Humboldt-Universität zu Berlin

Humboldt-Universität zu Berlin | Über die Universität | Geschichte | Rektoren und Präsidenten | Christoph Markschies | Reden des Präsidenten | President’s Greeting at the Symposium 10 Jahre ITB – “Where is Theoretical Biology Heading”

President’s Greeting at the Symposium 10 Jahre ITB – “Where is Theoretical Biology Heading”

On the 12th October 2006

Ladies and Gentlemen,
Dear Speakers,
Dear Guests,

It is a great pleasure to address you today on the occasion of the tenth anniversary of the Institute for Theoretical Biology, which is one of Humboldt University’s most outstanding institutions.

As Professor for Early Church History, my scientific knowledge about Theoretical Biology is, as you can imagine, limited – but nevertheless, the field has proven to be of relevance to my research. Let me explain. When I left school 26 years ago and started reading Theology and Classics at Marburg University, I assumed that I would never study Biology again. As it turned out, I was wrong. Later on in my research career, I began to develop an interest in analysing the genesis of Christianity under the paradigm of the theory of evolution. In doing so, I realised that the evolutionary theory still has a high relevance today. It is no longer singularly of interest to natural scientists, but has begun to play a prominent role in the social and economic sciences, and is even of relevance to the theologian. There are other areas of research in Theoretical Biology that, like the theory of evolution, have an impact beyond the specific disciplinary focus of the field.

What I wanted to demonstrate to you by briefly drawing on the example of the theory of evolution is that the whole Humboldt University profits from the research that is conducted at the Institute for Theoretical Biology. Nowhere is more evident than in the life sciences. In the coming years, the life sciences will be Humboldt University’s focal point. Across the university, we are in the process of establishing common research foci between separate disciplines that are related to the life sciences. These research foci are pursued in depth in the individual disciplines while at the same time, structures are being developed for the dynamic exchange and debate between the disciplines and the different departments.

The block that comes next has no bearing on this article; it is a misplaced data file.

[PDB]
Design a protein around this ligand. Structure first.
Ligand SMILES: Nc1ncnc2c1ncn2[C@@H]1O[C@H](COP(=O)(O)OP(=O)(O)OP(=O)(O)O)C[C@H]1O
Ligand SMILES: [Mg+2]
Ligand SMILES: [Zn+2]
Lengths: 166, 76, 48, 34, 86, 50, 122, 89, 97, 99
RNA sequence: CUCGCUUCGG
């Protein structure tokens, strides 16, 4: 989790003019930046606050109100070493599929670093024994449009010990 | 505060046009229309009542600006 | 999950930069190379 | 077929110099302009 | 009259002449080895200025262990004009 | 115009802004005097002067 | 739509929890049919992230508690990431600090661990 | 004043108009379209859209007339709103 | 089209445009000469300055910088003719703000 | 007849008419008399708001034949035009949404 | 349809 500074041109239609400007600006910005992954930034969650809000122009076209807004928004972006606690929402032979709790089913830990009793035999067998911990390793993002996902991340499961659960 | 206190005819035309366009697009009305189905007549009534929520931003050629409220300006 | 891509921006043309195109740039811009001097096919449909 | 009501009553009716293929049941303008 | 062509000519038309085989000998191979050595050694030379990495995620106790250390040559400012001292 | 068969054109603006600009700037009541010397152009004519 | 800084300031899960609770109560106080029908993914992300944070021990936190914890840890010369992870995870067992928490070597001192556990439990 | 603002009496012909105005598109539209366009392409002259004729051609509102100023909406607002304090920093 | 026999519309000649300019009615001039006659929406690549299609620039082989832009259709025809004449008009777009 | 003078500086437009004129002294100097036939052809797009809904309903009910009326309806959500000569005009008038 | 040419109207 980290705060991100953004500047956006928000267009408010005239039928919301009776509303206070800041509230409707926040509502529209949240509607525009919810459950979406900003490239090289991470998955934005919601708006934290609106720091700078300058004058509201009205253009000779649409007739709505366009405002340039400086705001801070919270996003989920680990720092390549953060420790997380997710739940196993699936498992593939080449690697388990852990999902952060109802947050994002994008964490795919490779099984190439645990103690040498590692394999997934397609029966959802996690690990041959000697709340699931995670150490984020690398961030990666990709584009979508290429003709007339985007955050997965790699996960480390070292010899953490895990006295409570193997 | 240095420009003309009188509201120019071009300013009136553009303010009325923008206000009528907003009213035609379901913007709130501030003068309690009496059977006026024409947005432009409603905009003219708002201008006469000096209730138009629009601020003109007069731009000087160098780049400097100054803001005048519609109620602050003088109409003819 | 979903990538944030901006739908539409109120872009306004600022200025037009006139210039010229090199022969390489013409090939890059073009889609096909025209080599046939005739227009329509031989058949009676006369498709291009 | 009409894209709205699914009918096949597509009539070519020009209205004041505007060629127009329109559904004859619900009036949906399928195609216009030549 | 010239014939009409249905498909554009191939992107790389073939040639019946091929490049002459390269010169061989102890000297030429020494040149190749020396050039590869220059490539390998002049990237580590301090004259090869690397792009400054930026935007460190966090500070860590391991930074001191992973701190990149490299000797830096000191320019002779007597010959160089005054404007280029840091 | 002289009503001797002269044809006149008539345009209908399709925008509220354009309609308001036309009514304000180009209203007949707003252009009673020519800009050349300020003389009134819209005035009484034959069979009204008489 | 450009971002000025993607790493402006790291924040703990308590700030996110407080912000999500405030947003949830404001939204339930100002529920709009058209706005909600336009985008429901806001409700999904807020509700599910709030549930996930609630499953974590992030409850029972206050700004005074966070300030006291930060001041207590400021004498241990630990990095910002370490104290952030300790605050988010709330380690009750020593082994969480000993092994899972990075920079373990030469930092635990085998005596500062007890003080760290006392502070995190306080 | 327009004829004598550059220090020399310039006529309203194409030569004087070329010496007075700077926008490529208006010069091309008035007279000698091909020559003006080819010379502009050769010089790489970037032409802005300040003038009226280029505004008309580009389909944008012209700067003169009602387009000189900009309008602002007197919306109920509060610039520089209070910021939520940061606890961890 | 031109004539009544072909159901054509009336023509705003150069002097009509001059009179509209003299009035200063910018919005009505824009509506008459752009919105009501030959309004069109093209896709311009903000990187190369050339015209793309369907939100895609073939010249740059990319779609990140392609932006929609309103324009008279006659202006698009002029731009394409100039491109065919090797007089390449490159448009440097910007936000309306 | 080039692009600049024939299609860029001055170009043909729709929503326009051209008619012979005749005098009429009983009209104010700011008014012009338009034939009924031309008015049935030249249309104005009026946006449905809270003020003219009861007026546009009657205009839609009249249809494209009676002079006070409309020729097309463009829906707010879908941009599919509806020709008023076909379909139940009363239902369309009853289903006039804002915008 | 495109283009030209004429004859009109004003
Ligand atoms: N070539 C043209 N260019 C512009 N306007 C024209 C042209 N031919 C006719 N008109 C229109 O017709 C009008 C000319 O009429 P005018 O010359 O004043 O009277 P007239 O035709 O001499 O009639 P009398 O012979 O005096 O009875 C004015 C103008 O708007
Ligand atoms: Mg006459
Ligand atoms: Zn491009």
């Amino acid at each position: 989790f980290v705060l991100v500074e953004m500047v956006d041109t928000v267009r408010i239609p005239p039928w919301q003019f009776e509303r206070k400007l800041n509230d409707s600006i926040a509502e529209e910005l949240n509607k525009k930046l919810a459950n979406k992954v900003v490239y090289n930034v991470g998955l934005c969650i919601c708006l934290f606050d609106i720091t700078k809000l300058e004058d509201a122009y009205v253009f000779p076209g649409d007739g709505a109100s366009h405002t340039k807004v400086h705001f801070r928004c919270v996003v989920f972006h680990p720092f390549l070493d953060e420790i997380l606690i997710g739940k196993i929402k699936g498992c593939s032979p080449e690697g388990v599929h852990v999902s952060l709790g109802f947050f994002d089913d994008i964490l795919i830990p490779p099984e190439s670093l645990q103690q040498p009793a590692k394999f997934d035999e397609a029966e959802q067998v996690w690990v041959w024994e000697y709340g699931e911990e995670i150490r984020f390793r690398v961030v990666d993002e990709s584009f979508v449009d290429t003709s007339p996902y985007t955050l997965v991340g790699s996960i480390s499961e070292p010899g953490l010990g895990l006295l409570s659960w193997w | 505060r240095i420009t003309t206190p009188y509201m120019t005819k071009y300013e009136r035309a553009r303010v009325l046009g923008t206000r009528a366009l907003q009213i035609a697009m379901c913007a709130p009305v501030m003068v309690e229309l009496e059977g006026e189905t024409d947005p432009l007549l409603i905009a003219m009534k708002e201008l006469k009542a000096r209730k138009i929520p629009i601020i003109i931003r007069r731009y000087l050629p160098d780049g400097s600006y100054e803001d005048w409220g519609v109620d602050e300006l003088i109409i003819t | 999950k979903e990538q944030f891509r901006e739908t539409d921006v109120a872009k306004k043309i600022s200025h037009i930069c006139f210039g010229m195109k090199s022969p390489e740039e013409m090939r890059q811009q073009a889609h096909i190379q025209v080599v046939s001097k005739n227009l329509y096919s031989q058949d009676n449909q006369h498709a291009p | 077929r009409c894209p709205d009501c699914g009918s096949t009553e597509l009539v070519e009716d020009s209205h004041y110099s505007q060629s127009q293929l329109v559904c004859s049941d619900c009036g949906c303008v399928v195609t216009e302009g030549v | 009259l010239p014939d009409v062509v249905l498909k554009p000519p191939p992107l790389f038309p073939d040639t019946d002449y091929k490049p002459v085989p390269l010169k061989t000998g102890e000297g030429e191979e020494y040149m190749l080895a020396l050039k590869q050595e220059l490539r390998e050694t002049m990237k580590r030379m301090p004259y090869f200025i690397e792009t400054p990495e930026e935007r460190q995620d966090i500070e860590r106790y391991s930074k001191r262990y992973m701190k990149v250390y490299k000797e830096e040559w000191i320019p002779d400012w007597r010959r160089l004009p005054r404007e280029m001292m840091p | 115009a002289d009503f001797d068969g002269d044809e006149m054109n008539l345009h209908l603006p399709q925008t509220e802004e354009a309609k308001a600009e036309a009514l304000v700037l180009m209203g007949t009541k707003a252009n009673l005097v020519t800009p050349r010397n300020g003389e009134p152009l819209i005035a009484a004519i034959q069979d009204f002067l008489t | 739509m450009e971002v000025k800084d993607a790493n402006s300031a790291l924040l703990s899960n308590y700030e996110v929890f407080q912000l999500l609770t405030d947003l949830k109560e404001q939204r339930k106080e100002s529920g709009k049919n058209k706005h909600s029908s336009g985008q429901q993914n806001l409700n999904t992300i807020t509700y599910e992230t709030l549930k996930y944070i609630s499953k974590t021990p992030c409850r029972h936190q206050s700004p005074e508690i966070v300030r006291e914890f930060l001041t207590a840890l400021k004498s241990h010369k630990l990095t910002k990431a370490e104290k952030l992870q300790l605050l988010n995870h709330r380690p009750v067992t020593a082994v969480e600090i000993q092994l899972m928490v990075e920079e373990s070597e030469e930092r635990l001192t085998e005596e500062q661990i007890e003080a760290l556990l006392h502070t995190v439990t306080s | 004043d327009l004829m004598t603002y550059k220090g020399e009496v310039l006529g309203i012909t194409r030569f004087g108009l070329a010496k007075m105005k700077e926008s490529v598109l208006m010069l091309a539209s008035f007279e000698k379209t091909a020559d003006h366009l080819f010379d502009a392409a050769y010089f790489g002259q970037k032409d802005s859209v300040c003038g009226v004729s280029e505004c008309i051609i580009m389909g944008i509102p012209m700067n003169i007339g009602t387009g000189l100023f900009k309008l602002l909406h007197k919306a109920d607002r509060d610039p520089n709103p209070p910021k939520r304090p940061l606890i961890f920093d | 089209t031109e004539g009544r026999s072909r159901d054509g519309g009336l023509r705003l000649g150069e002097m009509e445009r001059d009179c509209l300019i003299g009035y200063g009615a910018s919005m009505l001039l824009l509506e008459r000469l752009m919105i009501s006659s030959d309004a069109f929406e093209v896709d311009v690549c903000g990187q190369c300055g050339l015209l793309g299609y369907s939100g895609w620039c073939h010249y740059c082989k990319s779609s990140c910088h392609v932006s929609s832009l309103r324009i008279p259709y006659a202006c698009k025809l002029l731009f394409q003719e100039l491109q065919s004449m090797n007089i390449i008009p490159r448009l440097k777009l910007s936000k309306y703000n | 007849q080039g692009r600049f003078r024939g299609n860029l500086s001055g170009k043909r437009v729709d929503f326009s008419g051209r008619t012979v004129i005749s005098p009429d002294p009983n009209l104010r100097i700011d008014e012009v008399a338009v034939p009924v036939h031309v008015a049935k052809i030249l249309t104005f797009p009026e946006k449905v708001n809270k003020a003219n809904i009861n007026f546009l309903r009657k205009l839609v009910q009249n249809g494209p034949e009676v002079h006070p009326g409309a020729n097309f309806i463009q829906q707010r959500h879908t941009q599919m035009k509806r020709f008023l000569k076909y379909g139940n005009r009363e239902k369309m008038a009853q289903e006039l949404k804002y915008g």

I consider the Institute for Theoretical Biology to be one of the pillars of the life sciences at Humboldt University. In recent years, the institute has already become a place for intense exchange between scientists working in realms of the life sciences in Berlin as a result of its excellent standards and relevant competencies. It hosts renowned scientists like Peter Hammerstein, Andreas Herz, Laurenz Wiskott and Richard Kempter who are currently conducting research into the evolution of living organisms, computational neuroscience, issues of neural computation on a systems level and the neural basis of learning and memory.

At this point in my speech, I would have liked to thank each of those who have contributed to the astonishing success of the Institute for Theoretical Biology, but I am aware that I stand between you and the buffet, and I don’t want to occupy that position for too long. I do, nevertheless, want to express my gratitude to Professor Wehner, the founding father of the institute, and to Professor Ronacher, the institute’s speaker and local mentor. Through their efforts, an institutional structure has been created that has proven to be sustainable on a long-term basis.

I feel deeply honoured to have the privilege to be here today and to celebrate the achievements of this institute on this festive occasion with you all.


Abteilung Kommunikation, Marketing und Veranstaltungsmanagement (VIII)